“We are proud to support this educational opportunity for the kids,” said Dee Taylor, director of sales for U.S. Cellular in the Mid-Atlantic. “This contest brings out their creativity while paying tribute to a host of influential African Americans.”

Winners will be awarded the following prizes at a special recognition ceremony on Feb. 23:

 1st place: $500 Gift card
 2nd place:  $200 Gift card
 3rd place:  $150 Gift card

Verizon Wireless partners with UNCF for African-American scholarship program

ORANGEBURH, NJ – Verizon Wireless is partnering with the United Negro College Fund (UNCF) for a scholarship essay contest that will award 25 high school students between $2,500 and $5,000 as well as Verizon products.  The Black History Month contest asks students to address “How Wireless Technology Has Changed the World We Live In.”

“It is imperative students interested in challenging and improving themselves through higher education get the support they deserve,” said Pat Devlin, president of Verizon Wireless’ NY Metro Region. “Diversity and ongoing education have always been pillars of the Verizon Wireless culture, so we’re very proud to partner with the UNCF to create these scholarships and help highly-motivated students prepare for the road ahead.”

“The 21st century economy runs on technology,” said Michael L. Lomax, Ph.D., UNCF President and CEO.  “This contest is a great incentive for students to think about how that affects all our lives and to compete for help in paying for their college education. We thank Verizon Wireless for their ongoing support of UNCF and the aspiring young leaders who depend on UNCF for help in getting the education they need and our nation needs them to have.” announces Black History Month channel

LOS ANGELES, CA– In honor of Black History month, is offering the first broadcast channel exclusively dedicated to celebrating the historic and contemporary accomplishments made by people of African descent the world over.

The channels  programs share a common theme of a great people in the diaspora whose perseverance, ingenuity and dignity has facilitated individual and collective achievement. “From NYC to Rio, from Cairo to Kingston, Paris to Atlanta, Soweto to Tokyo and everywhere in between, the achievements and global influence of the children of Africa is undeniable,” says Justin Beckett, founder and CEO of BTV247, Inc.

“Our aim is to continue to take the guess work out of surfing the web and offer viewers the most compelling Black-inspired programming – 247.  The channel will showcase some of the most inspiring and informative storytelling available on the net and our team will continue to curate videos, suggested by our enthusiastic user base, throughout Black History Month,” adds Cecil Cox, co-founder and President of BTV247, Inc.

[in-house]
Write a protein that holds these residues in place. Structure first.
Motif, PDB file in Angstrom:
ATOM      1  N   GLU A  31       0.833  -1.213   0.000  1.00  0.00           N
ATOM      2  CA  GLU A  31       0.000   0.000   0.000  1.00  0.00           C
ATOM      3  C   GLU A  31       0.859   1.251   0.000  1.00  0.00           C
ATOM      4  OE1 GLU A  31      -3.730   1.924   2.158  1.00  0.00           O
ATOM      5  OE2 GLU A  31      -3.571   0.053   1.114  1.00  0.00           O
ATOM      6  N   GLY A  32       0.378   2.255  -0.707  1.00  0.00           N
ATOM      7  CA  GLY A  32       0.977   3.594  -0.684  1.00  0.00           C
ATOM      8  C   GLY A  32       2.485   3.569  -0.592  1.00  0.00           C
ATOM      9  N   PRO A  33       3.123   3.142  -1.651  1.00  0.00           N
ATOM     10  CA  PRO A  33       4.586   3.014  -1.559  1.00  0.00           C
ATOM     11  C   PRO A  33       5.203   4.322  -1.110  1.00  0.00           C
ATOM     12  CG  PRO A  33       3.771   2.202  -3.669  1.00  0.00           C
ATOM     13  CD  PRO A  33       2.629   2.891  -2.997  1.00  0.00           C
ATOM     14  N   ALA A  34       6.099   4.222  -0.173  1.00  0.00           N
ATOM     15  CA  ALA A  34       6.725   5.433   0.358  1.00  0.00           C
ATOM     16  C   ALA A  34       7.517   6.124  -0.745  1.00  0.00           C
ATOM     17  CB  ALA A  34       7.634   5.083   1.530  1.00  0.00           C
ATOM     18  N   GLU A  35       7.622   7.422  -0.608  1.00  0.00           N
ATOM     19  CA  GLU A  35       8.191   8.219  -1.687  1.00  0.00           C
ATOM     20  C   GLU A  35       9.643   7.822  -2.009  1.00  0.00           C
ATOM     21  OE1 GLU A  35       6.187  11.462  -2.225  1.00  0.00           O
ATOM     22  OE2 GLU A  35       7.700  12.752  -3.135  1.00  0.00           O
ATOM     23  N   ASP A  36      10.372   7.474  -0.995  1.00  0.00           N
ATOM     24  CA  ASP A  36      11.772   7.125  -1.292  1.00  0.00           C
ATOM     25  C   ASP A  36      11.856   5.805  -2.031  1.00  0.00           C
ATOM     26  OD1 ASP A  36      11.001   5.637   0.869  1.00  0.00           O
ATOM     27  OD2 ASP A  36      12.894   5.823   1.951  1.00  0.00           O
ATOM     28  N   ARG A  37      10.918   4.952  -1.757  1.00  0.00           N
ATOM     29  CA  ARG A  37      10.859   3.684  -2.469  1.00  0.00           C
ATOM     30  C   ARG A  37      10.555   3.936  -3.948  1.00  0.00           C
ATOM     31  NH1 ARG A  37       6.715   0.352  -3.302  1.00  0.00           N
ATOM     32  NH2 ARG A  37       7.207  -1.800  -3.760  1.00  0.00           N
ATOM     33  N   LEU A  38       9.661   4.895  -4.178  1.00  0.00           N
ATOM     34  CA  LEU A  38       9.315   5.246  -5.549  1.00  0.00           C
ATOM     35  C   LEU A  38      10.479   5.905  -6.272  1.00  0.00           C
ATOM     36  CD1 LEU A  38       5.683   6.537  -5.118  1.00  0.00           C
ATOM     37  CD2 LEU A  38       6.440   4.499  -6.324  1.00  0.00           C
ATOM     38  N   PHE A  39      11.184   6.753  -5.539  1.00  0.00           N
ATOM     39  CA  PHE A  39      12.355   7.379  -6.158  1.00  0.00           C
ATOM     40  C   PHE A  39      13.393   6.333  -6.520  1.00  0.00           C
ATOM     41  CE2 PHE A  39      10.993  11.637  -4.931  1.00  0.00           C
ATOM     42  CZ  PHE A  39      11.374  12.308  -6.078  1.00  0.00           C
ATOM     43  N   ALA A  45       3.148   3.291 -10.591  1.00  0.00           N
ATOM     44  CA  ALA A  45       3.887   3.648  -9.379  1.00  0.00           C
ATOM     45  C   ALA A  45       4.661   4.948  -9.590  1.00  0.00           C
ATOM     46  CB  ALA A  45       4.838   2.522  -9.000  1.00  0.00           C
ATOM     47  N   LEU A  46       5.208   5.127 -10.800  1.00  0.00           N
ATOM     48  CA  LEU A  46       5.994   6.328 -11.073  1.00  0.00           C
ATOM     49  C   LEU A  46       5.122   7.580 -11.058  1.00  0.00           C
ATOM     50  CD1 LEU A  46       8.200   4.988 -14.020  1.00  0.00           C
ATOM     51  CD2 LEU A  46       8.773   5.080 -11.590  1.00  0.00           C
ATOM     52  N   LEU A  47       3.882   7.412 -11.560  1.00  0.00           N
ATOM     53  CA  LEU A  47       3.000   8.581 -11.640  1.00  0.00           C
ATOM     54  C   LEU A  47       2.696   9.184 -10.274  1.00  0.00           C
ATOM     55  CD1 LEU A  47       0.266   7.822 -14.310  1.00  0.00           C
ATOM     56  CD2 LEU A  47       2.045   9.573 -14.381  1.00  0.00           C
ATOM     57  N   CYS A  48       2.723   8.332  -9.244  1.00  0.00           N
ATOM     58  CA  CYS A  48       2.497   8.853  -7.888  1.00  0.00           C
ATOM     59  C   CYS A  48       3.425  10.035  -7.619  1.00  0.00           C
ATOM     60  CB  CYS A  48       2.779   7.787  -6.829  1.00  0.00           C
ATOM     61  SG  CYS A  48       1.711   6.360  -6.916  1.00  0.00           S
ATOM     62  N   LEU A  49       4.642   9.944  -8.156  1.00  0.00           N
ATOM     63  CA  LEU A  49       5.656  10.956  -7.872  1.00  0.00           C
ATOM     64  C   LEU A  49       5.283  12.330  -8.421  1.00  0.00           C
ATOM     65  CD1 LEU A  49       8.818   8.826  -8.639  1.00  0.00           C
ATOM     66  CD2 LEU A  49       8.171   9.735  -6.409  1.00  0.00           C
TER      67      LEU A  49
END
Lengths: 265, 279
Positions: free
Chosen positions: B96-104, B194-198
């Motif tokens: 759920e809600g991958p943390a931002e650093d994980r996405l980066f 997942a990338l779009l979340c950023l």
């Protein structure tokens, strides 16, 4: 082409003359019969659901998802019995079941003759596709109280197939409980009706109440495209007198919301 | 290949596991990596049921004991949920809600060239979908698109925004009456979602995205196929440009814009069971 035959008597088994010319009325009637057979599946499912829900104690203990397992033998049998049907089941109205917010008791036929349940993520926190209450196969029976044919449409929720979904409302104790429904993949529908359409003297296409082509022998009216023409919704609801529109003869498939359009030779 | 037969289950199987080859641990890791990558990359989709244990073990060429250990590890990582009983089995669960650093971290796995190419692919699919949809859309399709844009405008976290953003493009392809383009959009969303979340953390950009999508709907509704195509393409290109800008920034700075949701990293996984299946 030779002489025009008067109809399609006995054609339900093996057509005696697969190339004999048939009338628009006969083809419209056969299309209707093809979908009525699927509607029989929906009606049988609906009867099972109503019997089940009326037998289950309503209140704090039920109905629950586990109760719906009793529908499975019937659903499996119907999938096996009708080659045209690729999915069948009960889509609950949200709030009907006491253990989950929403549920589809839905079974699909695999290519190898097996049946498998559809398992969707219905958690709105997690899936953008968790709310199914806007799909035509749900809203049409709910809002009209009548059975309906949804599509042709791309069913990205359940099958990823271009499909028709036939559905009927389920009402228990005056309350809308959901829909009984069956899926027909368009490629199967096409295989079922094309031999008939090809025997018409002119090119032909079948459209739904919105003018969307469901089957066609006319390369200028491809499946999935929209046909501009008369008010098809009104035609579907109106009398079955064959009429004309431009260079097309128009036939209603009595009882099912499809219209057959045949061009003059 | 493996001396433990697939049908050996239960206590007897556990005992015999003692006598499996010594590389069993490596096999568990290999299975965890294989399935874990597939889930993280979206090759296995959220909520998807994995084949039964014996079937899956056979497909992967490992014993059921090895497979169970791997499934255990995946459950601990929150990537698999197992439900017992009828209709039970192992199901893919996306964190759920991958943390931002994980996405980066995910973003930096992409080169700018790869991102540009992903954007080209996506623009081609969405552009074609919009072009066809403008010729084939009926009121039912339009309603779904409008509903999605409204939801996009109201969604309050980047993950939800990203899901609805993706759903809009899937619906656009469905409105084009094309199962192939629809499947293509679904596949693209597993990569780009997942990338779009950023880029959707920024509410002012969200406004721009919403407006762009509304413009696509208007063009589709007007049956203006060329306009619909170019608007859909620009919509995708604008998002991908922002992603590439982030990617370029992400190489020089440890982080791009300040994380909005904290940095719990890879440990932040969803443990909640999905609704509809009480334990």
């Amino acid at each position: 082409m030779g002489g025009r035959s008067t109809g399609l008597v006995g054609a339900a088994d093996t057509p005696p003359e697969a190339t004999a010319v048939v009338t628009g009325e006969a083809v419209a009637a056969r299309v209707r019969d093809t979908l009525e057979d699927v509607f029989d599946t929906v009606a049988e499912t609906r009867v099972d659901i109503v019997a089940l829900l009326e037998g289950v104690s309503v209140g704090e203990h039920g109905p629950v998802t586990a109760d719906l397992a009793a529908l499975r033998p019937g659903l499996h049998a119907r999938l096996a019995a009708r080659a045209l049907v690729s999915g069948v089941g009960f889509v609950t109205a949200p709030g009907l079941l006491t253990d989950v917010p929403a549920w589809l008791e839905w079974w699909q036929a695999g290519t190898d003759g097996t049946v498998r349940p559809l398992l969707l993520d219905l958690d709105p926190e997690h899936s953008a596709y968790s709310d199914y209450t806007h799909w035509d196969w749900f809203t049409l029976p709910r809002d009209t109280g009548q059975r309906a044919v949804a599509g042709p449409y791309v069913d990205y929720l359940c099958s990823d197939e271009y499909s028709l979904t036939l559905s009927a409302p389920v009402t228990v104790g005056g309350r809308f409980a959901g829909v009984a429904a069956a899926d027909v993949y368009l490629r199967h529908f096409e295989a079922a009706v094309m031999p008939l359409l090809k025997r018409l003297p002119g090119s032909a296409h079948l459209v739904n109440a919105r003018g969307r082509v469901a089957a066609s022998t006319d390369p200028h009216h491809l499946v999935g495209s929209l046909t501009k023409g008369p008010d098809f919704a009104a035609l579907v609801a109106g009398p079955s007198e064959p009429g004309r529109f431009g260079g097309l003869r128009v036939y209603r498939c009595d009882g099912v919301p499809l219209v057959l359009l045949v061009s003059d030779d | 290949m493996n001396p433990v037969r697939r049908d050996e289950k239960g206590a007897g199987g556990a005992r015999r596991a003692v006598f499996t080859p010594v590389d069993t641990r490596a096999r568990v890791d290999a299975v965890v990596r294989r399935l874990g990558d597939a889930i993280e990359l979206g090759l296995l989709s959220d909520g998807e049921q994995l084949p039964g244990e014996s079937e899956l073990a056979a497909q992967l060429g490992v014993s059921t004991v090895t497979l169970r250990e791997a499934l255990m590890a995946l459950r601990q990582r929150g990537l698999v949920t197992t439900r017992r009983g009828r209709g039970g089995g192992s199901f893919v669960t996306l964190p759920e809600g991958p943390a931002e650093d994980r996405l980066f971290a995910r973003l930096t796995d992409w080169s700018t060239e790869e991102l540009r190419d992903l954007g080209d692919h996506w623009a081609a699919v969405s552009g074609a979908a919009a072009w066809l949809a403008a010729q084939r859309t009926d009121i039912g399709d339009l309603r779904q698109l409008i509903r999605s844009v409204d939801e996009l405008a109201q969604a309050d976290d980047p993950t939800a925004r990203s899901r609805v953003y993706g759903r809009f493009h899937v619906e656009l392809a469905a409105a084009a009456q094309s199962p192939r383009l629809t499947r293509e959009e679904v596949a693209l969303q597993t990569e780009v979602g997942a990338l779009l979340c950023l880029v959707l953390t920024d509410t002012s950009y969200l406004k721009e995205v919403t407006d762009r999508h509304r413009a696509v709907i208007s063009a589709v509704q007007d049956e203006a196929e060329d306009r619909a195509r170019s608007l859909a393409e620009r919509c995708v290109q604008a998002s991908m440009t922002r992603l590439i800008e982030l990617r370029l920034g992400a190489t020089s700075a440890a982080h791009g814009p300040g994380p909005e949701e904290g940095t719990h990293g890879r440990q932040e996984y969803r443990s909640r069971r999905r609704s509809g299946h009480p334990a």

AT&T launches ’28 Days’ campaign and web site during Black History Month to inspire and empower African Americans

DALLAS, TX –  AT&T is launch a “28 Days of inspiration” campaign and a Web site to celebrate the history, contributions and culture of African Americans this February.  The 28 Days campaign is a program AT&T created to highlight February as more than a reflection of the rich past, but “an unimaginable footprint to what the future holds beyond Black History Month in the African American community.”

“The essence of the 28 Days campaign and new interactive Web site is to encourage us all to re-think what we do during Black History Month,” said Jennifer Jones, vice president of Diverse Markets, AT&T Mobility and Consumer Markets. “AT&T is unleashing 28 Days to demonstrate our commitment and dedication to enriching the lives of African Americans, and to keep pressing toward future progress where we live and work. Our products and services empower African Americans by meeting their technology needs in their homes, schools and offices.”

28 Days features an exclusive speaker series showcasing health fitness champion Laila Ali at the Marriott Oakland City Center on Tuesday, February 9 in Oakland, Ca.; Hip-Hop media mogul and philanthropist Russell Simmons at Howard University’s Cramton Auditorium on Wednesday, February 10 in Washington, D.C.; branding and marketing expert Erin Patton at the DuSable Museum of African American History on Tuesday, February 16 in Chicago, Ill.; and social activist and political commentator Jeff Johnson at Clark Atlanta University on Wednesday, February 24 in Atlanta, Ga.

“The four individuals who are part of our speaker series are making significant contributions in the African American community and to our country,” said Jones. “These individuals offer unique perspectives for our audiences. We think these events are a big part of celebrating Black History Month and they will provide an inspirational and memorable experience for all who attend.”